Certain Girls: A Novel
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In this witty and tender sequel to Good in Bed, Jennifer Weiner’s bighearted heroine Cannie Shapiro balances middle age and motherhood to a preteen daughter filled with Weiner’s “signature observations and spot-on insights into human nature, with a few twists thrown in for good measure” (Publishers Weekly).
Cannie is happily married to the tall, charming diet doctor Peter Krushelevansky and has settled into a life that she finds wonderfully predictable—knitting in the front row of her daughter Joy’s drama rehearsals, volunteering at the library, and taking over-forty yoga classes with her best friend Samantha.
As preparations for Joy’s bat mitzvah begin, everything seems right in Cannie’s world. Then Joy discovers the sexy and provocative novel Cannie wrote years before and suddenly finds herself faced with what she thinks is the truth about her own conception—the story her mother hid from her all her life. When Peter surprises his wife by saying he wants to have a baby, the family is forced to reconsider its history, its future, and what it means to be truly happy.
Radiantly funny and disarmingly tender, with Weiner's whip-smart dialogue and sharp observations of modern life, Certain Girls is an unforgettable story about love, loss, and the enduring bonds of family.
maiden name.” “I could guess.” My heart was rising in my chest. Nifkin, I thought. The magic word was “Nifkin.” “Then you just dial the number on the back, get the card activated, and according to this . . .” I heard her fingers clattering over her keyboard. “You’ll be connected to your personal concierge.” “Good,” I blurted. “Great. Thank you, Tamsin, seriously, thank you so much!” • • • Todd brought us the telephone, ceremoniously carrying it to the room and laying it on the bed between us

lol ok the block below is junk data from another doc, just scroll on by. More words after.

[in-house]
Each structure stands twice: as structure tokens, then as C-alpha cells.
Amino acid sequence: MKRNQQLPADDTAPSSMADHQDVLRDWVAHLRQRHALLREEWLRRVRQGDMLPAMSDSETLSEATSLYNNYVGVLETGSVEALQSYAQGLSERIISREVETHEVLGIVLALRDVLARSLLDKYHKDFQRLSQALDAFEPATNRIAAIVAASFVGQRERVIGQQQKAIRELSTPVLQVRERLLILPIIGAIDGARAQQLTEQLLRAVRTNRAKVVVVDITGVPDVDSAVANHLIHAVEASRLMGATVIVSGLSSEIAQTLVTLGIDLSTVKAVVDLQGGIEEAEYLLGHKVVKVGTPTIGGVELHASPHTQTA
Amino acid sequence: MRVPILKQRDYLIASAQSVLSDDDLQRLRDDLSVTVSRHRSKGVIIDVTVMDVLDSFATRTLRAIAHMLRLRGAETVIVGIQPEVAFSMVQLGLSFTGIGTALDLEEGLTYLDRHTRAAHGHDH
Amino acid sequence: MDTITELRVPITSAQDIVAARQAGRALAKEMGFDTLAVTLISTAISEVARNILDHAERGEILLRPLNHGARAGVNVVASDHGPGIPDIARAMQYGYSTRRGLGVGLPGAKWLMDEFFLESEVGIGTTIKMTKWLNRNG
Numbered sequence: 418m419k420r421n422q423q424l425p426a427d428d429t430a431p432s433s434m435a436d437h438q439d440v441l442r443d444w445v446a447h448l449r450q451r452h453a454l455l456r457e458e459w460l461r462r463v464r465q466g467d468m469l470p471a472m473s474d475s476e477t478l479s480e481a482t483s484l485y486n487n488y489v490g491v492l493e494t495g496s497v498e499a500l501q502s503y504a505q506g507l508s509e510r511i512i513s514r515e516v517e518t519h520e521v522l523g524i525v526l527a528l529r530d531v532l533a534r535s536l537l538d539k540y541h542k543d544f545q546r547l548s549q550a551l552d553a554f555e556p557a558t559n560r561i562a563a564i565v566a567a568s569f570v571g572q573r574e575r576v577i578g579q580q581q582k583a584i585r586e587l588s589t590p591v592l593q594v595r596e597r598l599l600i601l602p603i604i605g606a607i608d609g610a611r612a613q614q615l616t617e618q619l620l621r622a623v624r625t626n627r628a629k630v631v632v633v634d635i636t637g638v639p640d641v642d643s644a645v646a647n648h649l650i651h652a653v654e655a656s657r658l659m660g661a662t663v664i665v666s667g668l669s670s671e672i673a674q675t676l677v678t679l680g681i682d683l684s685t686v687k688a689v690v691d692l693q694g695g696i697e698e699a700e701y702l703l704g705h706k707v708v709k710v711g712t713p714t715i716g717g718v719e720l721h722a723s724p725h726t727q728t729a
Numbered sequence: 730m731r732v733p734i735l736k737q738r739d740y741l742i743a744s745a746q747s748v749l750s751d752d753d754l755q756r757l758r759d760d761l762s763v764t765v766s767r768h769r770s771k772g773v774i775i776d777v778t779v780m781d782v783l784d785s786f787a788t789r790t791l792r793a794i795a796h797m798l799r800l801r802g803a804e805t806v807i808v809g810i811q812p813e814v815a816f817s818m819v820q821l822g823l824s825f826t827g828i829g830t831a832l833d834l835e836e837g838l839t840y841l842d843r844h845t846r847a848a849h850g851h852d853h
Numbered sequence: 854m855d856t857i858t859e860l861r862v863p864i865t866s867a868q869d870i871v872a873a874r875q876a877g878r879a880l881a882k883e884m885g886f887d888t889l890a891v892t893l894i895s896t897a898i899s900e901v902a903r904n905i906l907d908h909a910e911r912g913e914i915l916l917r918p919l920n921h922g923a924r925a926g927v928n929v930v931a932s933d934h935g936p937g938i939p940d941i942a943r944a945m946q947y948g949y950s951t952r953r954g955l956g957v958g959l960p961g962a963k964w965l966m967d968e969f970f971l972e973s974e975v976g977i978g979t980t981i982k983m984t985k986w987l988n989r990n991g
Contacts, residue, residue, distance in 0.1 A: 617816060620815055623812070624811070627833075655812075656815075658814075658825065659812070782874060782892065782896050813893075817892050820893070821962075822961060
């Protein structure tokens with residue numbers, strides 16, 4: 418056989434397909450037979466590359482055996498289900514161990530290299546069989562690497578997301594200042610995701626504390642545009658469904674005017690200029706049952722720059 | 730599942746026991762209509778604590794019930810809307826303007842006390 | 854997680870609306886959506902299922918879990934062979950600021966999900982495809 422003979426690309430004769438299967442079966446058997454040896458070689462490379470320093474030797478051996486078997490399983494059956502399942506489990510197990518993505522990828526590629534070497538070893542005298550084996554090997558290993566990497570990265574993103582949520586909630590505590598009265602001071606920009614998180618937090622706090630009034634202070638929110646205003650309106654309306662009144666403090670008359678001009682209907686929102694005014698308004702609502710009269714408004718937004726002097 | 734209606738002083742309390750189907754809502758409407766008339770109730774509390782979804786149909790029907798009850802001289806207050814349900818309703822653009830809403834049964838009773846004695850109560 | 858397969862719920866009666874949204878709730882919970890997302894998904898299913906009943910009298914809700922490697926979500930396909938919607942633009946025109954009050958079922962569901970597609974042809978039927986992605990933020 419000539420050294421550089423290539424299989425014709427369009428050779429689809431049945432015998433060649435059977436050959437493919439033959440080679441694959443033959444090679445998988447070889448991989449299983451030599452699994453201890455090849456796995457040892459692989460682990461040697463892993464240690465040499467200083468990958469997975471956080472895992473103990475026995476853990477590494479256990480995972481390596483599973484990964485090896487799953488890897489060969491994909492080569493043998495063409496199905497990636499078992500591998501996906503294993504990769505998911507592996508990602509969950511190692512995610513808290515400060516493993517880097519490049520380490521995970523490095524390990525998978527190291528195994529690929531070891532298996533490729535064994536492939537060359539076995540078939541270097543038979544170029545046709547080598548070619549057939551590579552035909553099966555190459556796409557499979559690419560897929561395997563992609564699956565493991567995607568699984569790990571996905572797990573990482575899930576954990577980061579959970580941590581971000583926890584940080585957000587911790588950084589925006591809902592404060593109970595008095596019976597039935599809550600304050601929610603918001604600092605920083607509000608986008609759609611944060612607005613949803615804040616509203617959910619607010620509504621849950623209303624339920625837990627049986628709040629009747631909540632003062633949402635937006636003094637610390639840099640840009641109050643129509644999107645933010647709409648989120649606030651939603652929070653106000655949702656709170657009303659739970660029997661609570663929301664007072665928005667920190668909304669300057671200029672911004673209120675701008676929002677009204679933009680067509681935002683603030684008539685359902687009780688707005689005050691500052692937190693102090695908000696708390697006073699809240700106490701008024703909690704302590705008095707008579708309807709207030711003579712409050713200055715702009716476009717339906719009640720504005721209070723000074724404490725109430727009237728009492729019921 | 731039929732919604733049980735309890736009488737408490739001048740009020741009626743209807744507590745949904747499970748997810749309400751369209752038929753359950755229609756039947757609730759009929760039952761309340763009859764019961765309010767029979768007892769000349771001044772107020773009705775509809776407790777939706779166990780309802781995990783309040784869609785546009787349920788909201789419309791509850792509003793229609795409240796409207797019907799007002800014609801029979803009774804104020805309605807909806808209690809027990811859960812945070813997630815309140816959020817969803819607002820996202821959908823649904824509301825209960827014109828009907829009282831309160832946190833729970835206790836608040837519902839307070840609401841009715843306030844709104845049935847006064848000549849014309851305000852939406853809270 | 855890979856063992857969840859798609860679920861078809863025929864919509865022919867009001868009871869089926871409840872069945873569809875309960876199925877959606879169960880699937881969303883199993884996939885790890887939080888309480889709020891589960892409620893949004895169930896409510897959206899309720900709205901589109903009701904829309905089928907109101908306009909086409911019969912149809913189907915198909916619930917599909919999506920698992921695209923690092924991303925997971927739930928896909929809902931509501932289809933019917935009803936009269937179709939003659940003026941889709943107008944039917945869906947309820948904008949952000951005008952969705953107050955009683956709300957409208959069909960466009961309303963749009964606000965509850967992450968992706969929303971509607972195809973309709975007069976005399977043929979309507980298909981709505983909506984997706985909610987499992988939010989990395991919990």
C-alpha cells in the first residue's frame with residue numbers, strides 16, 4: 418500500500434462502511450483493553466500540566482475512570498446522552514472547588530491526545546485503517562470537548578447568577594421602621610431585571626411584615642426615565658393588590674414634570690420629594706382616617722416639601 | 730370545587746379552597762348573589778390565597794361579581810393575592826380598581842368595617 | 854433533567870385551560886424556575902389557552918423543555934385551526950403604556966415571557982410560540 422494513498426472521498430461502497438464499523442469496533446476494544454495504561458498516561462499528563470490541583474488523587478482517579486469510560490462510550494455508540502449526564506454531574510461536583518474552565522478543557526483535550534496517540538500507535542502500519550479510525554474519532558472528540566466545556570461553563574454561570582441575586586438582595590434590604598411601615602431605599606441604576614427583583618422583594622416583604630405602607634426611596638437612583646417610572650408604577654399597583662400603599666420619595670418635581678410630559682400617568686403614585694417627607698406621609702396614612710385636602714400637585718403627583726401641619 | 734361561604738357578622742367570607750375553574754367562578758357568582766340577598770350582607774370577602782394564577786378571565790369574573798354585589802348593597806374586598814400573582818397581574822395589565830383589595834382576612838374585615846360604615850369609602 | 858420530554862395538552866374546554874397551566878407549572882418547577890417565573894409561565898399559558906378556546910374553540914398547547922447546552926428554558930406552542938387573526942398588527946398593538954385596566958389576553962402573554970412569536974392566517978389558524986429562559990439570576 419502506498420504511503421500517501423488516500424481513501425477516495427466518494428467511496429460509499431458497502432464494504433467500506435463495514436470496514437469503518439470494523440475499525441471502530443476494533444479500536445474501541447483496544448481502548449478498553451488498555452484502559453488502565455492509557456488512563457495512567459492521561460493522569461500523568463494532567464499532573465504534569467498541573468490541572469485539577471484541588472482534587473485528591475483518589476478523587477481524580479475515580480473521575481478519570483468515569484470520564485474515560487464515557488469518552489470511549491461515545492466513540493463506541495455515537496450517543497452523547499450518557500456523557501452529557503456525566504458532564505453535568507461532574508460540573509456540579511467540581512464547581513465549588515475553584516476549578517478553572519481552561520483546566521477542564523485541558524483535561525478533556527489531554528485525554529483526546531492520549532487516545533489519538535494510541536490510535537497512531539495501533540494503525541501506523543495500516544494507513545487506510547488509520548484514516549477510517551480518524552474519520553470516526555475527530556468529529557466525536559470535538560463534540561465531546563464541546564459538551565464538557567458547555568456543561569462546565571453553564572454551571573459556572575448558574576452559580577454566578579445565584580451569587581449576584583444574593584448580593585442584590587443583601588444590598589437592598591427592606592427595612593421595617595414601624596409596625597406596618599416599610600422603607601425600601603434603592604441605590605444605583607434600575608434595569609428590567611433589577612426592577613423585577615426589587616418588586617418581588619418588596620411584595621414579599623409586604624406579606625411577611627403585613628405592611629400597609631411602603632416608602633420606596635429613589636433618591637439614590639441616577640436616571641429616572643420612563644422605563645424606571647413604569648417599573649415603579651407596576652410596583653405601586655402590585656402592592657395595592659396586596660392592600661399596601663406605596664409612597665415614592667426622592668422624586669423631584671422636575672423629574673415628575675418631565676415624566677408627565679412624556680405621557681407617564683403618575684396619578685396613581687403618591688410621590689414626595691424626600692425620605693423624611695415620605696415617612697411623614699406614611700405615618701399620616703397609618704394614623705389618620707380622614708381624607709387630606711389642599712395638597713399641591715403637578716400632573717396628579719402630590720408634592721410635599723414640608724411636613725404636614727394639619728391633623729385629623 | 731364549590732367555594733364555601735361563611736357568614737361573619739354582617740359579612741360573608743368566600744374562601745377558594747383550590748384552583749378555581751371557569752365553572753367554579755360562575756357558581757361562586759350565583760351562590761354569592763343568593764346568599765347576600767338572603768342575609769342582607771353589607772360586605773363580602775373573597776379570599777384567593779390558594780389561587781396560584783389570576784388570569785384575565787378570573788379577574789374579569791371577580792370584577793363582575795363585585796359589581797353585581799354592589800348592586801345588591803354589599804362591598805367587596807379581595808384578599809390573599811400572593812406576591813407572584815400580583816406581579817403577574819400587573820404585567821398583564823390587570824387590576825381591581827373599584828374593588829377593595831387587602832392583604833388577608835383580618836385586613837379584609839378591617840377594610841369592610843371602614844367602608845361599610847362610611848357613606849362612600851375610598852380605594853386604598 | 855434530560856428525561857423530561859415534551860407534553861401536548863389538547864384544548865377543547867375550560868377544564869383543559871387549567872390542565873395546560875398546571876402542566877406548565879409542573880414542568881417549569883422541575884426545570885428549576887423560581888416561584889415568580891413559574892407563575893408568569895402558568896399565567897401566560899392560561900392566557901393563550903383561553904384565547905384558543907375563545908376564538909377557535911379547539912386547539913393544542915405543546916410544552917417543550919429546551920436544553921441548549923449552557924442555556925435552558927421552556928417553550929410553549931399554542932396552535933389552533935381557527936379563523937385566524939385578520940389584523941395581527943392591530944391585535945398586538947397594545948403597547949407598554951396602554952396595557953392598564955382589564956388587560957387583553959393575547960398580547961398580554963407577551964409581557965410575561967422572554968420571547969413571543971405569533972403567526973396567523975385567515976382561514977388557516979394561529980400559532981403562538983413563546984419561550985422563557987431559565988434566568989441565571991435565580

“Cannie?” asked Samantha’s disembodied voice. “Can you hear me? Listen, you won’t believe it! I met a guy. Here! In Pittsburgh! At the wedding! There’s some kind of magicians’ convention at the hotel . . .” Dr. Cronin must have picked up the phone from the floor where I’d dropped it and carried it outside. I don’t know what she told Samantha. I don’t know where Dolores went. I didn’t hear anything, couldn’t see anything, except my husband’s body on the table, my dirty hands, grimy fingernails on
I’d tell her when she came down the stairs, but I could see from the way my father turned his face away, from the way he looked too long at the other doctors’ thinner wives, that he didn’t agree. Another nail in the marriage coffin. “And let’s not forget the curse of the InStyle wedding,” I said. “What,” Peter rumbled, “is the curse of the InStyle wedding?” “Come on. I know I’ve told you about this. Every couple who’s ever appeared in InStyle has gotten divorced, like, ten minutes later.
later.”) “Before you buy even a pair of panties, you need to know what you’re working with,” Elle said. She hopped off the escalator and put her hands on my shoulders, holding me in place. I tugged my hair over my hearing aids, sucked in my stomach, and straightened my shoulders, frozen in place as crowds of well-dressed women walked past us. Elle touched my head briefly, ran her hand down my hair, walked around me in a circle, then smiled, satisfied, and led me onto the next escalator. “I’d
help you?” one of them asked with a friendly smile. She was young, with pale hair in a bob just brushing the shoulders of her lab coat, and streaks of different shades of pink across the back of her hand. I took a deep breath. “Um,” I started. “I was in here a few weeks ago, and I put this”—I pulled out the tub of wrinkle cream—“in my pocket, and I meant to pay for it, but I forgot.” The woman looked at me coolly. “Nineteen ninety-five,” she said. I pulled a twenty-dollar bill out of my pocket.